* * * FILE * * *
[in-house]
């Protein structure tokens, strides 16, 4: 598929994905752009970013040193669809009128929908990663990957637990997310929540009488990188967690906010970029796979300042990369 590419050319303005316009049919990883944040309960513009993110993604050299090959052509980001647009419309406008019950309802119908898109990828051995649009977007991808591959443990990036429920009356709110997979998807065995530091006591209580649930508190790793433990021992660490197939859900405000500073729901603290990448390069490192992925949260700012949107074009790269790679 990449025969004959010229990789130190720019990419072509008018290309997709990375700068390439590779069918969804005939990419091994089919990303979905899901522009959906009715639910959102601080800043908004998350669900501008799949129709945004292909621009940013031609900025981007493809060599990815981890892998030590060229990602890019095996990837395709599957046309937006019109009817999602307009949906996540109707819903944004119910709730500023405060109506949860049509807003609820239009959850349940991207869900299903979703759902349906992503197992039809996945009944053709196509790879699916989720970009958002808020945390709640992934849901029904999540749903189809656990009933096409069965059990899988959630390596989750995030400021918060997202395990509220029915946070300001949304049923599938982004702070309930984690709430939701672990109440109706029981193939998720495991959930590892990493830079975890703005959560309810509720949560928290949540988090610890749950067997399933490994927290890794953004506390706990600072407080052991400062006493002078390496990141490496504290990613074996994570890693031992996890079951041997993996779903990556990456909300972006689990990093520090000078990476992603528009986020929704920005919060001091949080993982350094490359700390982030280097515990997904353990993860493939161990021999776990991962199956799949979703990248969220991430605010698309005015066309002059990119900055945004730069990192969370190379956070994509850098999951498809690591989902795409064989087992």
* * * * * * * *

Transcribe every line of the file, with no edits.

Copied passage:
[in-house]
């Protein structure tokens, strides 16, 4: 598929994905752009970013040193669809009128929908990663990957637990997310929540009488990188967690906010970029796979300042990369 590419050319303005316009049919990883944040309960513009993110993604050299090959052509980001647009419309406008019950309802119908898109990828051995649009977007991808591959443990990036429920009356709110997979998807065995530091006591209580649930508190790793433990021992660490197939859900405000500073729901603290990448390069490192992925949260700012949107074009790269790679 990449025969004959010229990789130190720019990419072509008018290309997709990375700068390439590779069918969804005939990419091994089919990303979905899901522009959906009715639910959102601080800043908004998350669900501008799949129709945004292909621009940013031609900025981007493809060599990815981890892998030590060229990602890019095996990837395709599957046309937006019109009817999602307009949906996540109707819903944004119910709730500023405060109506949860049509807003609820239009959850349940991207869900299903979703759902349906992503197992039809996945009944053709196509790879699916989720970009958002808020945390709640992934849901029904999540749903189809656990009933096409069965059990899988959630390596989750995030400021918060997202395990509220029915946070300001949304049923599938982004702070309930984690709430939701672990109440109706029981193939998720495991959930590892990493830079975890703005959560309810509720949560928290949540988090610890749950067997399933490994927290890794953004506390706990600072407080052991400062006493002078390496990141490496504290990613074996994570890693031992996890079951041997993996779903990556990456909300972006689990990093520090000078990476992603528009986020929704920005919060001091949080993982350094490359700390982030280097515990997904353990993860493939161990021999776990991962199956799949979703990248969220991430605010698309005015066309002059990119900055945004730069990192969370190379956070994509850098999951498809690591989902795409064989087992």